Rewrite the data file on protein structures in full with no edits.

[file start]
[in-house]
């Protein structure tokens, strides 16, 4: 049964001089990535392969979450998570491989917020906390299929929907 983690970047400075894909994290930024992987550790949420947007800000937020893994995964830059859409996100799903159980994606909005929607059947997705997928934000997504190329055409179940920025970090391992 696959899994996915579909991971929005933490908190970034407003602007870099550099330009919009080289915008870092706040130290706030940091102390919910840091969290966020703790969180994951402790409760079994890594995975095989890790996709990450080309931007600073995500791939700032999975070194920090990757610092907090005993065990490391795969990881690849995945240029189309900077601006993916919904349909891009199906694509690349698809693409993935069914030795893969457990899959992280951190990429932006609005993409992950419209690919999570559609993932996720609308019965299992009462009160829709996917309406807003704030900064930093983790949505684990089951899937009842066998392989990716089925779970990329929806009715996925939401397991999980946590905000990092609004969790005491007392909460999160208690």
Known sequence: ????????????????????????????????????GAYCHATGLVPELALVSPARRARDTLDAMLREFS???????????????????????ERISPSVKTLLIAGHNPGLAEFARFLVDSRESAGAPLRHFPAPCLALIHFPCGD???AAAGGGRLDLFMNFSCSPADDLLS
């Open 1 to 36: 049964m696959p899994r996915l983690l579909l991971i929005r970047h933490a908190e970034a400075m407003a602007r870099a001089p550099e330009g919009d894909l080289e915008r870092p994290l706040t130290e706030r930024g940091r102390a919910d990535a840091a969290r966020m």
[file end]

[in-house]
């Protein structure tokens, strides 16, 4: 049964001089990535392969979450998570491989917020906390299929929907 983690970047400075894909994290930024992987550790949420947007800000937020893994995964830059859409996100799903159980994606909005929607059947997705997928934000997504190329055409179940920025970090391992 696959899994996915579909991971929005933490908190970034407003602007870099550099330009919009080289915008870092706040130290706030940091102390919910840091969290966020703790969180994951402790409760079994890594995975095989890790996709990450080309931007600073995500791939700032999975070194920090990757610092907090005993065990490391795969990881690849995945240029189309900077601006993916919904349909891009199906694509690349698809693409993935069914030795893969457990899959992280951190990429932006609005993409992950419209690919999570559609993932996720609308019965299992009462009160829709996917309406807003704030900064930093983790949505684990089951899937009842066998392989990716089925779970990329929806009715996925939401397991999980946590905000990092609004969790005491007392909460999160208690």
Known sequence: ????????????????????????????????????GAYCHATGLVPELALVSPARRARDTLDAMLREFS???????????????????????ERISPSVKTLLIAGHNPGLAEFARFLVDSRESAGAPLRHFPAPCLALIHFPCGD???AAAGGGRLDLFMNFSCSPADDLLS
């Open 1 to 36: 049964m696959p899994r996915l983690l579909l991971i929005r970047h933490a908190e970034a400075m407003a602007r870099a001089p550099e330009g919009d894909l080289e915008r870092p994290l706040t130290e706030r930024g940091r102390a919910d990535a840091a969290r966020m």